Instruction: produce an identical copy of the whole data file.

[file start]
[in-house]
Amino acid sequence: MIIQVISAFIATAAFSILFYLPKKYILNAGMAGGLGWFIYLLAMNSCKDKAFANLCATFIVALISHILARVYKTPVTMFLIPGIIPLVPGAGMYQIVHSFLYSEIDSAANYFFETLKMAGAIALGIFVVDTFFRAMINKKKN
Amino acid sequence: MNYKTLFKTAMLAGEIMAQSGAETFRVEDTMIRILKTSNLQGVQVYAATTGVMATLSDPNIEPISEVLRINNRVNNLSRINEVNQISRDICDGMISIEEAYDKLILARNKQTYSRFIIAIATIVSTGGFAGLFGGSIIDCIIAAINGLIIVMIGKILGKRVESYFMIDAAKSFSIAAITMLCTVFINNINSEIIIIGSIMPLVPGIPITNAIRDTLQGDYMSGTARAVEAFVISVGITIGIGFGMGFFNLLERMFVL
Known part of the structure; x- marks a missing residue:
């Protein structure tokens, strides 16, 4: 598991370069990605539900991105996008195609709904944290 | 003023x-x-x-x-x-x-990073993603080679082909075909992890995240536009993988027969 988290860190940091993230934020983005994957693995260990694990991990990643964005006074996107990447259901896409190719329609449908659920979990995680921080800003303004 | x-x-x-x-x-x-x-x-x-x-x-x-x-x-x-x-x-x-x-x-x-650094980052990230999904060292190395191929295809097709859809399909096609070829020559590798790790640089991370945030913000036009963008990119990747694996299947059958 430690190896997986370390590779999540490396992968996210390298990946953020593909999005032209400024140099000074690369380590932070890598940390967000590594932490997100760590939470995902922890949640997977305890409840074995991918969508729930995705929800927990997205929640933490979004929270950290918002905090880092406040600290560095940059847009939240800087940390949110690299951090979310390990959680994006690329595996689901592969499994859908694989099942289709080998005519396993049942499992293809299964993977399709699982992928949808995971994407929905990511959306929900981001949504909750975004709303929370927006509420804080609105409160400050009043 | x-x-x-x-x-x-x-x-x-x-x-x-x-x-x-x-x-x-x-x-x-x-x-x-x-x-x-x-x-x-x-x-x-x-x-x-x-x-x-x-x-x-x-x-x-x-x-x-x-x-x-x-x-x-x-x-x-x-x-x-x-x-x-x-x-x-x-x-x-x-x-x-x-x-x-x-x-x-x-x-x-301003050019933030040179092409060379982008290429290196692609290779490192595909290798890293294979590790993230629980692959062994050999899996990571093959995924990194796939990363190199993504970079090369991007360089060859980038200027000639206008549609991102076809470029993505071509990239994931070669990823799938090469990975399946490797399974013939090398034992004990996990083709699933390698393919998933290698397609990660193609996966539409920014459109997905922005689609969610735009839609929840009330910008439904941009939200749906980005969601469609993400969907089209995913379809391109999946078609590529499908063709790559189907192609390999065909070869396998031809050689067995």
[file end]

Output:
[in-house]
Amino acid sequence: MIIQVISAFIATAAFSILFYLPKKYILNAGMAGGLGWFIYLLAMNSCKDKAFANLCATFIVALISHILARVYKTPVTMFLIPGIIPLVPGAGMYQIVHSFLYSEIDSAANYFFETLKMAGAIALGIFVVDTFFRAMINKKKN
Amino acid sequence: MNYKTLFKTAMLAGEIMAQSGAETFRVEDTMIRILKTSNLQGVQVYAATTGVMATLSDPNIEPISEVLRINNRVNNLSRINEVNQISRDICDGMISIEEAYDKLILARNKQTYSRFIIAIATIVSTGGFAGLFGGSIIDCIIAAINGLIIVMIGKILGKRVESYFMIDAAKSFSIAAITMLCTVFINNINSEIIIIGSIMPLVPGIPITNAIRDTLQGDYMSGTARAVEAFVISVGITIGIGFGMGFFNLLERMFVL
Known part of the structure; x- marks a missing residue:
């Protein structure tokens, strides 16, 4: 598991370069990605539900991105996008195609709904944290 | 003023x-x-x-x-x-x-990073993603080679082909075909992890995240536009993988027969 988290860190940091993230934020983005994957693995260990694990991990990643964005006074996107990447259901896409190719329609449908659920979990995680921080800003303004 | x-x-x-x-x-x-x-x-x-x-x-x-x-x-x-x-x-x-x-x-x-650094980052990230999904060292190395191929295809097709859809399909096609070829020559590798790790640089991370945030913000036009963008990119990747694996299947059958 430690190896997986370390590779999540490396992968996210390298990946953020593909999005032209400024140099000074690369380590932070890598940390967000590594932490997100760590939470995902922890949640997977305890409840074995991918969508729930995705929800927990997205929640933490979004929270950290918002905090880092406040600290560095940059847009939240800087940390949110690299951090979310390990959680994006690329595996689901592969499994859908694989099942289709080998005519396993049942499992293809299964993977399709699982992928949808995971994407929905990511959306929900981001949504909750975004709303929370927006509420804080609105409160400050009043 | x-x-x-x-x-x-x-x-x-x-x-x-x-x-x-x-x-x-x-x-x-x-x-x-x-x-x-x-x-x-x-x-x-x-x-x-x-x-x-x-x-x-x-x-x-x-x-x-x-x-x-x-x-x-x-x-x-x-x-x-x-x-x-x-x-x-x-x-x-x-x-x-x-x-x-x-x-x-x-x-x-301003050019933030040179092409060379982008290429290196692609290779490192595909290798890293294979590790993230629980692959062994050999899996990571093959995924990194796939990363190199993504970079090369991007360089060859980038200027000639206008549609991102076809470029993505071509990239994931070669990823799938090469990975399946490797399974013939090398034992004990996990083709699933390698393919998933290698397609990660193609996966539409920014459109997905922005689609969610735009839609929840009330910008439904941009939200749906980005969601469609993400969907089209995913379809391109999946078609590529499908063709790559189907192609390999065909070869396998031809050689067995």